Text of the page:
The fact is that natural resource and energy companies (along with railroads) either own or control through leases and other arrangements a great deal of the undeveloped American landscape. Conservation orgs have to work with these companies at some level in order to be effective and protect what’s left. Komen doesn’t need to work with the fast food industry to advance its mission, period.

While I agree that TNC needs to very carefully manage these kinds of relationships, including financial support, and to ensure that the money NEVER buys silence, I don’t think it rises to the complete money-grab that the Komen/KFC appears to. I still haven’t heard a well-articulated defense of that partnership from the nonprofit side.

Posted by Kivi Leroux Miller  on  05/26  at  04:29 AM

I keep thinking about this conversation, so here I am again with a couple more contributions to thinking about this ...

Here’s a serious question: Why shouldn’t natural resource corporations be funding scientific research that could highlight and reduce environmental impacts from their activities? (Activities, not-so-by-the-way, that provide commodities that all of us buy.)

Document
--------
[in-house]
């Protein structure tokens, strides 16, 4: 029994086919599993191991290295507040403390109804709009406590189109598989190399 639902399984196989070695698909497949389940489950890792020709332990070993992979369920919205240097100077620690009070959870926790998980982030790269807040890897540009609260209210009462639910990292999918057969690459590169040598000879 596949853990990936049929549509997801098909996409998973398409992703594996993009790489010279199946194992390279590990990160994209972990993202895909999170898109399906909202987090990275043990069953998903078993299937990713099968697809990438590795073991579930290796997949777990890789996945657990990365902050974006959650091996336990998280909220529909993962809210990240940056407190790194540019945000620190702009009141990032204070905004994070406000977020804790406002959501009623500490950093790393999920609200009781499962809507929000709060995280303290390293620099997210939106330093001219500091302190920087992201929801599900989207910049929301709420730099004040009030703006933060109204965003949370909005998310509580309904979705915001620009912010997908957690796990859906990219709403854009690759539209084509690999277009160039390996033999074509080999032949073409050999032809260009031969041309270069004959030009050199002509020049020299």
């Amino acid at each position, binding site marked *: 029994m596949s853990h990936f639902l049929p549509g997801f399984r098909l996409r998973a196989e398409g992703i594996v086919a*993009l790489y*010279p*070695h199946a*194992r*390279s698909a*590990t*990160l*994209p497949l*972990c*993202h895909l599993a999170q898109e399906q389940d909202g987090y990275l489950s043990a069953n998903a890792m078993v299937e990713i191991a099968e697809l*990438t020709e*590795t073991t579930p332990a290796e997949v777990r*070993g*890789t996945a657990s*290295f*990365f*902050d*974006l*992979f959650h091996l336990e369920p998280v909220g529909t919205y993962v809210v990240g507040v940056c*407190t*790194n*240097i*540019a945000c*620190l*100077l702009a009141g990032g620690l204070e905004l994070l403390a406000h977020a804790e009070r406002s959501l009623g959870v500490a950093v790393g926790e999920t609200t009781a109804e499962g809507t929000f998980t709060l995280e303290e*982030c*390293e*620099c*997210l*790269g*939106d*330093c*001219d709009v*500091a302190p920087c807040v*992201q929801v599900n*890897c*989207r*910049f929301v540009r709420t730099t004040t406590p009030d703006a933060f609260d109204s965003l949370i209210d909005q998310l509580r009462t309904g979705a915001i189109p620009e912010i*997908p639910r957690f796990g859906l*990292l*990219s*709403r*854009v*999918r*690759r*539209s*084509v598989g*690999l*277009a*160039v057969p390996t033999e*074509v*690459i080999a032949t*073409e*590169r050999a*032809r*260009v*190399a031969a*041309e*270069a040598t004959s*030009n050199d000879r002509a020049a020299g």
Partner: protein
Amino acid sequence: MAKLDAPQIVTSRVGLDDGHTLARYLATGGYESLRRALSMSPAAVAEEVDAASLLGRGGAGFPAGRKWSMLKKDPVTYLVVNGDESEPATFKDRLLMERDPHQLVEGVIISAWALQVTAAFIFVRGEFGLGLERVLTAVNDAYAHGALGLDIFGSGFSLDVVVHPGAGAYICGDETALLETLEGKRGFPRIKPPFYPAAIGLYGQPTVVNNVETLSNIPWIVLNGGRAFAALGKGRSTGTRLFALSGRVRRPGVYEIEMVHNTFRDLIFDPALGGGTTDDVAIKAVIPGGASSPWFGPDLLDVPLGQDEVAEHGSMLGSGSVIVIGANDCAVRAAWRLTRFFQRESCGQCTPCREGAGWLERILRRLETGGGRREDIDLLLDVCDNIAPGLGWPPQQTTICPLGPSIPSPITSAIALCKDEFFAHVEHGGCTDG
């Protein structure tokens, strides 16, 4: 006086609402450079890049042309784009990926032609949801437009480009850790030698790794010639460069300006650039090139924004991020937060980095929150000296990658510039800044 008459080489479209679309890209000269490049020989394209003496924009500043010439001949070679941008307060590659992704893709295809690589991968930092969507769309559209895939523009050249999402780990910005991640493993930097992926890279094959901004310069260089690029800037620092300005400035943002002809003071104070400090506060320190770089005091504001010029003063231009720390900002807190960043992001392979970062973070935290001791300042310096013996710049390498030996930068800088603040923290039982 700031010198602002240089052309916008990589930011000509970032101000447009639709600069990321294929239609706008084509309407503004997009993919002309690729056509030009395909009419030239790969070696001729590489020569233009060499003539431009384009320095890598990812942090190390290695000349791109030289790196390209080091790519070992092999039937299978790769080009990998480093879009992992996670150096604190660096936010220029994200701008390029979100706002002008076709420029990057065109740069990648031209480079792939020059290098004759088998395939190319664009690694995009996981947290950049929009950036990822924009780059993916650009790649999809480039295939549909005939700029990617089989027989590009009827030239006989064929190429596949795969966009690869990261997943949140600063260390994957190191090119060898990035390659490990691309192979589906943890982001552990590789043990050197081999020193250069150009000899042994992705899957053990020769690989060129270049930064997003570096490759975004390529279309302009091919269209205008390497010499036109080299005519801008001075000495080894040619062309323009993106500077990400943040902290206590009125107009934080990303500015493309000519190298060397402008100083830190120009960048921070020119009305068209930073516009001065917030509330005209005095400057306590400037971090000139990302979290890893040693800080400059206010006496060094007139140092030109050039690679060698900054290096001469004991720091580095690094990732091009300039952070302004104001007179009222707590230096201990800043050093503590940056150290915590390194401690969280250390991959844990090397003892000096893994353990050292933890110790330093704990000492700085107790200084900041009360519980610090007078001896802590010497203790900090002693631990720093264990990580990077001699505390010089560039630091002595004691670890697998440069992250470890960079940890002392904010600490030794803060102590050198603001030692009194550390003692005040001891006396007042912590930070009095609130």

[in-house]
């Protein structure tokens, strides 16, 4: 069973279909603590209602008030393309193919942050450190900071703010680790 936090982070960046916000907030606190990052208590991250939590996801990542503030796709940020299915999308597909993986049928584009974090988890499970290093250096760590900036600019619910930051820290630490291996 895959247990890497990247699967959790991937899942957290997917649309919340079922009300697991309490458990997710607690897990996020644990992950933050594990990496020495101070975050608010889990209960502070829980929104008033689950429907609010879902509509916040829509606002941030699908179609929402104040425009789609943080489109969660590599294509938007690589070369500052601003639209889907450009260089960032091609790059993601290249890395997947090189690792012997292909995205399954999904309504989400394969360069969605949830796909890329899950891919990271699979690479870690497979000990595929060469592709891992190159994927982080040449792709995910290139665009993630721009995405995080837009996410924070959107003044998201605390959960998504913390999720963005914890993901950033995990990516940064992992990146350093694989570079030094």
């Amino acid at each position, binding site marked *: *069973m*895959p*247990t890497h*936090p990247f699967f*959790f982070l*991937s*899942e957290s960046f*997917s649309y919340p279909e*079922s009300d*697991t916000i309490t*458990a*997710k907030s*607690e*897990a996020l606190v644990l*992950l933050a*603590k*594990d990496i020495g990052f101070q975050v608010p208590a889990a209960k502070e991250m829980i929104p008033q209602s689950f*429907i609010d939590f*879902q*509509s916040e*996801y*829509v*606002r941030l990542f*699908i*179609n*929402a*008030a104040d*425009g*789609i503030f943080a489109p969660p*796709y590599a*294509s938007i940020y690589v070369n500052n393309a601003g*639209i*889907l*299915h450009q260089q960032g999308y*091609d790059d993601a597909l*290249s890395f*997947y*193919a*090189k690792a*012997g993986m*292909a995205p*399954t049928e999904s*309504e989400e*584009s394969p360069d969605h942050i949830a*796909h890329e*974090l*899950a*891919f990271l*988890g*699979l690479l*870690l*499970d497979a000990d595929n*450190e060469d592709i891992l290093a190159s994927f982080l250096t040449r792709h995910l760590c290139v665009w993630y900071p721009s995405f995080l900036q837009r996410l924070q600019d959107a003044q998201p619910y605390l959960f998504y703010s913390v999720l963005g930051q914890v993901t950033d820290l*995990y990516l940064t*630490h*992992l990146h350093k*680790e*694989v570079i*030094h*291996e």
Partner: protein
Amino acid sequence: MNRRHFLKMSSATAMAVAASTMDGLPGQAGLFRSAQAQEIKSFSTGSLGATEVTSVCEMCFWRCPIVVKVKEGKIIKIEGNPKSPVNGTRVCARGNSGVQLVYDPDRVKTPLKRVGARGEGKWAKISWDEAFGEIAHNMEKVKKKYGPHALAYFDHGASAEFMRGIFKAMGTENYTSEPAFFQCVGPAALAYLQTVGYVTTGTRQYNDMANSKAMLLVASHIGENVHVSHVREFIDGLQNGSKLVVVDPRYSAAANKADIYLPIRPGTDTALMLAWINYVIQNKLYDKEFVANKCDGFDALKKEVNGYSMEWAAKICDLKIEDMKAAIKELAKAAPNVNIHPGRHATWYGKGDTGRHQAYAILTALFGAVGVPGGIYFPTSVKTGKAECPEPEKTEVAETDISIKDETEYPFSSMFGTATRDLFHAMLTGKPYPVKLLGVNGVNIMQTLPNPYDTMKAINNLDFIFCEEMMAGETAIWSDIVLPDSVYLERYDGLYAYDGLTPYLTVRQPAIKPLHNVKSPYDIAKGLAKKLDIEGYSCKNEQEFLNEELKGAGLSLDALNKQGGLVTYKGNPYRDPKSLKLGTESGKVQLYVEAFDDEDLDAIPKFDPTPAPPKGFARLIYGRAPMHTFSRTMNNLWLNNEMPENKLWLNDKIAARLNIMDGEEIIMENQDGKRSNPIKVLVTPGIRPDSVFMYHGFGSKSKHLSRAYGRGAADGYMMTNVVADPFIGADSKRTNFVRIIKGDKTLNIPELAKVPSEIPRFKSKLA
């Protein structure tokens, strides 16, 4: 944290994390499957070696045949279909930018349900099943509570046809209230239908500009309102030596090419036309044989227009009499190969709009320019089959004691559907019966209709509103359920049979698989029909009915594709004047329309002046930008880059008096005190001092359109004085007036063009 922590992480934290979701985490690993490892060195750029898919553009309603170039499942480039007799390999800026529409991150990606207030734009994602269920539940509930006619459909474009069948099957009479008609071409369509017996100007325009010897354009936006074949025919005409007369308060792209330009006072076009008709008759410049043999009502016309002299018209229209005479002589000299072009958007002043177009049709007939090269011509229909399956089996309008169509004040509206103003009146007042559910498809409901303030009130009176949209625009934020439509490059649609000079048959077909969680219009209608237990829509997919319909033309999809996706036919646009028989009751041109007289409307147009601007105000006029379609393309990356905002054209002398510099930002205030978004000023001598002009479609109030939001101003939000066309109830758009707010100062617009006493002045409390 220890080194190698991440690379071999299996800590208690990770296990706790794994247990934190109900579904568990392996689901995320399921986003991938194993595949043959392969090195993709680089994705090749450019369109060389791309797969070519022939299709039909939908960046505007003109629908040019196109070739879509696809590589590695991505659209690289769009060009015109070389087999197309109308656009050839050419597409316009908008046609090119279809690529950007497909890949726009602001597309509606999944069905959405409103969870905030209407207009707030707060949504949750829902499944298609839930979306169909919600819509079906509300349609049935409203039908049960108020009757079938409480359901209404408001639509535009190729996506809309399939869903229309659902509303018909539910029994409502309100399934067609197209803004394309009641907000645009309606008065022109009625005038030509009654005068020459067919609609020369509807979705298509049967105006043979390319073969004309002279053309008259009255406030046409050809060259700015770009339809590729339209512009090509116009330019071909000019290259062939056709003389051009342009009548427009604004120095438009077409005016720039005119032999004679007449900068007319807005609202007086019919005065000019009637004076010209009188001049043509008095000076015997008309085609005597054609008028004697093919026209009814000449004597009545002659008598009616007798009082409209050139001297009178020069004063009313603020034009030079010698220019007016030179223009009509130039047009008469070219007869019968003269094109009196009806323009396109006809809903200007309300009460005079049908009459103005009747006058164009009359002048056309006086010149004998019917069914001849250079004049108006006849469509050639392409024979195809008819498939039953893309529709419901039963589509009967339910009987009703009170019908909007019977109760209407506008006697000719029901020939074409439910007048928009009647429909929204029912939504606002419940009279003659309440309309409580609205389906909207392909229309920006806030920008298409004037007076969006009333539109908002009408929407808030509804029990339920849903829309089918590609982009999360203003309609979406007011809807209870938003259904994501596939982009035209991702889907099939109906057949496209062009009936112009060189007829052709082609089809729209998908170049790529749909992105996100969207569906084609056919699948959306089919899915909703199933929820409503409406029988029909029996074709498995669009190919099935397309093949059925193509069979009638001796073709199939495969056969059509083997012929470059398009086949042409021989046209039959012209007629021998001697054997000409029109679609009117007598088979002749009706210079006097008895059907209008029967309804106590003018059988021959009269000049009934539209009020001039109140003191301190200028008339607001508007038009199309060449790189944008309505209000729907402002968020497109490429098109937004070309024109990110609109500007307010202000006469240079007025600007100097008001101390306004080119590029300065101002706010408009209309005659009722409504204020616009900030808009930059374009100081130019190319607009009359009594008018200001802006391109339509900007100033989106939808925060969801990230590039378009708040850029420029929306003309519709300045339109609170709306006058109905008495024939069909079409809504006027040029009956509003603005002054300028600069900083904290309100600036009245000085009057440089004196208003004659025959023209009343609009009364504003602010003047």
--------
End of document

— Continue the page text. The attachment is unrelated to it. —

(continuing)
The only way this position makes sense is if you believe that The Nature Conservancy and other science-based organizations can be “bought”—which is both insulting and untrue in my experience. (These are not the fake grassroots organizations the right wing is so fond of funding, they’re serious people doing serious work.)

Going forward, it does seem a good idea for all organizations to stop taking money from BP—knowing what we know now. (That is, if BP has any money left after the penalties and debarment that I hope will be imposed.) But judging this in retrospect?

One other thought about the “brand” aspect of this: It seems to me that people are reacting to the general “environmental organization” brand, not TNC’s idiosyncratic character.